House Speaker Nancy Pelosi and U.S. Trade Representative Robert Lighthizer are meeting Wednesday afternoon to discuss the U.S.-Mexico-Canada Trade Agreement, the deal negotiated by President Trump to replace NAFTA. Although Mr. Trump has often touted the agreement as already benefiting the U.S., it has not yet been ratified by Congress — and House Democrats may be unwilling to approve it.
Pelosi has been skeptical about the USMCA — she told Washington Post reporter Robert Costa last week that she didn’t believe that the deal was an improvement on NAFTA when it came to protecting workers’ rights.
“We have to do what we think is in the interest of American workers. We cannot mislead them,” Pelosi said about the USMCA. “This would be like saying, ‘You don’t like NAFTA? Let me put a little syrup on top and serve it to you again and you will like it this time.’ There is no difference.”
However, Pelosi appears to have a good rapport with Lighthizer, saying in the interview with Costa that she thinks the trade representative “cares about American workers” and is “fabulous.”
Mr. Trump has touted the USMCA deal as a means for Mexico to pay for a southern border wall.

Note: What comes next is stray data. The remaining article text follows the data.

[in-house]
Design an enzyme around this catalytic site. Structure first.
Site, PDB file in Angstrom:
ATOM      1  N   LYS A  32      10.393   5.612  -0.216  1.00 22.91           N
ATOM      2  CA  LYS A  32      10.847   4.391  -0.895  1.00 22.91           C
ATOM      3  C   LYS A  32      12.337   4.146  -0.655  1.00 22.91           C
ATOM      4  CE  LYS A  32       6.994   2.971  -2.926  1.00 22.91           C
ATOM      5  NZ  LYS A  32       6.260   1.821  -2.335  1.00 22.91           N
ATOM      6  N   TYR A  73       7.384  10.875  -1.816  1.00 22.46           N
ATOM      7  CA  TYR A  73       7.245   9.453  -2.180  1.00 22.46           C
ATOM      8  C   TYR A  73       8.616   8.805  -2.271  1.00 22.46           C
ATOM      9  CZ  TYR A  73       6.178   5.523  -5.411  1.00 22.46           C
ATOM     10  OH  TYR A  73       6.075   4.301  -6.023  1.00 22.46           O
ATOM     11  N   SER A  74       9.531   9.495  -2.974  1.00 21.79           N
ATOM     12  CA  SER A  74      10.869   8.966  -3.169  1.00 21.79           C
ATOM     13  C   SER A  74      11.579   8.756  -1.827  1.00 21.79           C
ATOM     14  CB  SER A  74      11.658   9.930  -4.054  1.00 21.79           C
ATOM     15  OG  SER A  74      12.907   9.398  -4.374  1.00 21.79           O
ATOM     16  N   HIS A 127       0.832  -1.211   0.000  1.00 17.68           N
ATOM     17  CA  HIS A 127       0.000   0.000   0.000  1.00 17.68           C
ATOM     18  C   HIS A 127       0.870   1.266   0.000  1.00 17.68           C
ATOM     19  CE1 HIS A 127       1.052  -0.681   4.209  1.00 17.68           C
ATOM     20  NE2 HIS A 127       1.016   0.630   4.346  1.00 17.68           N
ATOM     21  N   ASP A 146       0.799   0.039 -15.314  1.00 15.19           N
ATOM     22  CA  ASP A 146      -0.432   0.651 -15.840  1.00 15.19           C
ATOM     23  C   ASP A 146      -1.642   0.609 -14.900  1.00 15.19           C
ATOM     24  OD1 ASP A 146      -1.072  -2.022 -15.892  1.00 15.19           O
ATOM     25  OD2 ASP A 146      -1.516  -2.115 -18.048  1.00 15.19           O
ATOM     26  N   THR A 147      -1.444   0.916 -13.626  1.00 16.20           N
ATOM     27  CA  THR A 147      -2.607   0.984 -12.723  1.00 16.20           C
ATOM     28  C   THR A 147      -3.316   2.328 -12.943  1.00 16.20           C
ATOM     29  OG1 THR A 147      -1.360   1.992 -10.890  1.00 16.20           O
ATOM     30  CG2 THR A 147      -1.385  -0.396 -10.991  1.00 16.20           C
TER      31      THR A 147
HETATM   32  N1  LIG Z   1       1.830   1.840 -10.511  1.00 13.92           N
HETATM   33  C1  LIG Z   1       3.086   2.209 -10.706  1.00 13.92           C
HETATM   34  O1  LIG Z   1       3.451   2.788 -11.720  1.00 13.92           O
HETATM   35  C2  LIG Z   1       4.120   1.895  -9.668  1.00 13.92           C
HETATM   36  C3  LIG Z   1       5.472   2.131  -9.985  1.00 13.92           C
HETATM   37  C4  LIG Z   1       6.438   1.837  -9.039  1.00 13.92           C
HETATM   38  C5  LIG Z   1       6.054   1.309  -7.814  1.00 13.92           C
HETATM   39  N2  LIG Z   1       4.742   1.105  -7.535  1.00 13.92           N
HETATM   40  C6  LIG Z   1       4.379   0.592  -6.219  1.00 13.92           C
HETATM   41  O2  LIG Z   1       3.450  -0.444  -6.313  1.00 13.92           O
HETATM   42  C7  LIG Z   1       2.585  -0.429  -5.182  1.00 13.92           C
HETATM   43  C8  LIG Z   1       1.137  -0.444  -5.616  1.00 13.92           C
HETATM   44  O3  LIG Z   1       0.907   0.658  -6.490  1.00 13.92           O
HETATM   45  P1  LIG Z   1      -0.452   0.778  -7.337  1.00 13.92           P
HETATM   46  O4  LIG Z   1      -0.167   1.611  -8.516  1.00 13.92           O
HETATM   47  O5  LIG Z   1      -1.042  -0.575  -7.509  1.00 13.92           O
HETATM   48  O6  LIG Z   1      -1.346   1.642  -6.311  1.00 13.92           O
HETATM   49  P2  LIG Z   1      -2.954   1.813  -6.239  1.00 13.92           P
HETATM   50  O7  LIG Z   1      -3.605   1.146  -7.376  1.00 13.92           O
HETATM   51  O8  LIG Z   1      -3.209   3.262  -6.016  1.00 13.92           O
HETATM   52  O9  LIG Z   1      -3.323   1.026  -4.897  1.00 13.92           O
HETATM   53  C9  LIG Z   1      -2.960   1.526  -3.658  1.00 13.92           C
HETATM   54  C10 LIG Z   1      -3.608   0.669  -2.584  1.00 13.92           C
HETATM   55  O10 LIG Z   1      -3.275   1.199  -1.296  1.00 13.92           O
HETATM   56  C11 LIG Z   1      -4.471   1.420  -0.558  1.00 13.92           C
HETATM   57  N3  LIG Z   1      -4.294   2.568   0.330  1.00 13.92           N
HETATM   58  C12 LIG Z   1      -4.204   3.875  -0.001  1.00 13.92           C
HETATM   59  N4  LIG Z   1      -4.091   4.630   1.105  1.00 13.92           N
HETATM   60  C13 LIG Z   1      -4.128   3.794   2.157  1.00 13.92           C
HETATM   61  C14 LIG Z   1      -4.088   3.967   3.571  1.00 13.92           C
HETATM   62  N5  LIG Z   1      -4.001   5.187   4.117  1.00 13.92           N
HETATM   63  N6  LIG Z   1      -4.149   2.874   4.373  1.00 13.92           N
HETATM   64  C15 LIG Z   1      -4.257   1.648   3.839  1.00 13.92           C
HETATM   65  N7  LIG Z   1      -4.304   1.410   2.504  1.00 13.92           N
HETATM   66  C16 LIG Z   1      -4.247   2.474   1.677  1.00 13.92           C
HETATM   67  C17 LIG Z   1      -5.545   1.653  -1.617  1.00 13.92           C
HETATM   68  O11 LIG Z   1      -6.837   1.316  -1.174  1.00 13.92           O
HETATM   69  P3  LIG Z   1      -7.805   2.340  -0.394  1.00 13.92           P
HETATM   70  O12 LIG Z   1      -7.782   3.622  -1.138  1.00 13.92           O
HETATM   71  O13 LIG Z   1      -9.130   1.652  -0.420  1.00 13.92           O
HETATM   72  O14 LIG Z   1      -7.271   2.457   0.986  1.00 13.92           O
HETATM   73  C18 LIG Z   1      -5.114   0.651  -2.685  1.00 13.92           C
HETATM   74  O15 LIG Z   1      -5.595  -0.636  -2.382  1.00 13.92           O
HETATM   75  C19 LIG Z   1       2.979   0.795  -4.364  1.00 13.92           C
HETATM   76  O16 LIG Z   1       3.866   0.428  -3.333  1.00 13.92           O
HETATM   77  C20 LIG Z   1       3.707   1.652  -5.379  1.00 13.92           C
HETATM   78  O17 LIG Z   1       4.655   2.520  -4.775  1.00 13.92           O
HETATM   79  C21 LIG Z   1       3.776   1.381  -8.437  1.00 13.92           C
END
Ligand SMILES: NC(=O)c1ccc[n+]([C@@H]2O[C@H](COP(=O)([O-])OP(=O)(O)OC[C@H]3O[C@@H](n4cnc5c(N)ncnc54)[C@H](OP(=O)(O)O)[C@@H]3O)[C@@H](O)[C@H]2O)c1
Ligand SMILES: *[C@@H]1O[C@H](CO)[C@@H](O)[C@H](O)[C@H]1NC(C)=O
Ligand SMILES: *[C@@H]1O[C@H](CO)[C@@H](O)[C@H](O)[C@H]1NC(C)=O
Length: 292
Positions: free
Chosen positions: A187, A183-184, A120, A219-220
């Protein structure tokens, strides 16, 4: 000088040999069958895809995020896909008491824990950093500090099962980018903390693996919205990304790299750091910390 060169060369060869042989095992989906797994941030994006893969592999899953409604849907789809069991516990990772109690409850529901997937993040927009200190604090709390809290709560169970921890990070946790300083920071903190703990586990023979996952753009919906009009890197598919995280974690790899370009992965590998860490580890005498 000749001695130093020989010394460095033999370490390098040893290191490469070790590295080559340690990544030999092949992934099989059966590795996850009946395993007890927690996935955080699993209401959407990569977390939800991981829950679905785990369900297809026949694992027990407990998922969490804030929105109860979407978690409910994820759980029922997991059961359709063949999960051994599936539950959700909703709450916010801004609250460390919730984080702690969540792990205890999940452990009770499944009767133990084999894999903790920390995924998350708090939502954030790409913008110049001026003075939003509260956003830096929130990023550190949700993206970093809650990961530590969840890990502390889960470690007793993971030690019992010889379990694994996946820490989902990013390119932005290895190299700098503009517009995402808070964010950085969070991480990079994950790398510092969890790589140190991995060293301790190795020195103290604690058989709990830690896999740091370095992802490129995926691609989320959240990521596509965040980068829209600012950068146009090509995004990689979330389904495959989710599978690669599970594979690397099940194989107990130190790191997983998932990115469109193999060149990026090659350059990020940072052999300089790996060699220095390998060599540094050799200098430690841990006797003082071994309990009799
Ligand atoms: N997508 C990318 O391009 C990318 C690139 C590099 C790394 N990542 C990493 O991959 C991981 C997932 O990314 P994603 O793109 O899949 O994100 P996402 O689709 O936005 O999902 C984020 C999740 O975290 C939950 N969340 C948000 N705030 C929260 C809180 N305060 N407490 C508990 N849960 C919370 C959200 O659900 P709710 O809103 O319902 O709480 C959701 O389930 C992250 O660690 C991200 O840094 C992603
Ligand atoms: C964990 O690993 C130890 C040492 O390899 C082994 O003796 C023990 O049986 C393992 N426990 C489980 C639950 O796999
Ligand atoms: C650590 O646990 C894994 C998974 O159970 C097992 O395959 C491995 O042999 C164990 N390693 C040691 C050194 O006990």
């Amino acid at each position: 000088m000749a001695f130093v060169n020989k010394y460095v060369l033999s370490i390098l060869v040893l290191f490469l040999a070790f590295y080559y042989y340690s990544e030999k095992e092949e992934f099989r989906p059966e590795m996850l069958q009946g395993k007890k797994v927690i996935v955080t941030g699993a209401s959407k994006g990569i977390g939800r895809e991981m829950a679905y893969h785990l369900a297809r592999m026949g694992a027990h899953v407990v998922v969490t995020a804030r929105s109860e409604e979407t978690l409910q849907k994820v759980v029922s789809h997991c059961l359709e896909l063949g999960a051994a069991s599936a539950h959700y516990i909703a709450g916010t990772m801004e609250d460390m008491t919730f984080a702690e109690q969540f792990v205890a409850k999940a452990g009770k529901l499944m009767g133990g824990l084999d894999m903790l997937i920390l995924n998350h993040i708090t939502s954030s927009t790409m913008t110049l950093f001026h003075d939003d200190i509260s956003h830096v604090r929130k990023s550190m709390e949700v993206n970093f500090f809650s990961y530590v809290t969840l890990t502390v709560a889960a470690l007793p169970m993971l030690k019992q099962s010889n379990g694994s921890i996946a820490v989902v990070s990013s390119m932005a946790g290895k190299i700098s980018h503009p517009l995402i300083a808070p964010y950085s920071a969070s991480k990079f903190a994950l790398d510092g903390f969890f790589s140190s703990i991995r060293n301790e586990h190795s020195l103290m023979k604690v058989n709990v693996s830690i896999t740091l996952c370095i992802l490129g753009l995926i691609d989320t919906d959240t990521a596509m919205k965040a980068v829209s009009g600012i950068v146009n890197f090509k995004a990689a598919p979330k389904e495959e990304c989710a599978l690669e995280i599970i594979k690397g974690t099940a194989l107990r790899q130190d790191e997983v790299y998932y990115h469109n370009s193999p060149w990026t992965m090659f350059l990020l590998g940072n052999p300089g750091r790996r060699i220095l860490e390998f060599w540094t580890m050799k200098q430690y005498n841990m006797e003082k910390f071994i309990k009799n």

“Mexico is paying for the Wall through the new USMCA Trade Deal. Much of the Wall has already been fully renovated or built. We have done a lot of work. $5.6 Billion Dollars that House has approved is very little in comparison to the benefits of National Security. Quick payback!” Mr. Trump wrote on Twitter in January, referring to his proposed wall at the southern border.
Histhrough the USMCA is false. Although the president has said that revenue from the trade deal could be allocated to build the wall, any taxes collected into the U.S. Treasury that could be allocated for wall construction would still have to be approved by Congress. Mr. Trump declared a national emergency at the border in February, in order to unilaterally designate funding for the wall after congressional Democrats refused to provide funding.
Pelosi and Lighthizer may also discuss the ongoing trade conflict with China. Both the U.S. and China are engaged in a $60 billion in U.S. goods from coffee to batteries to spinach, effective June 1.. The administration boosted U.S. tariffs to 25 percent on $200 billion of imported Chinese goods on Friday. As promised, China on Monday struck back, vowing to raise its tariffs on
The White House has also taken steps on Mr. Trump’s previous threats to impose tariffs on essentially all of the remaining imported goods from China, which was America’s biggest trading partner last year. Those levies would be added to about $325 billion in Chinese imports not currently subject to U.S. tariffs.
Majority Leader Steny Hoyer, Majority Whip Jim Clyburn and Ways and Means Committee Chairman Richard Neal are also expected to attend the meeting, which is occurring at Lighthizer’s request.
Rachel Layne and Rebecca Kaplan contributed to this report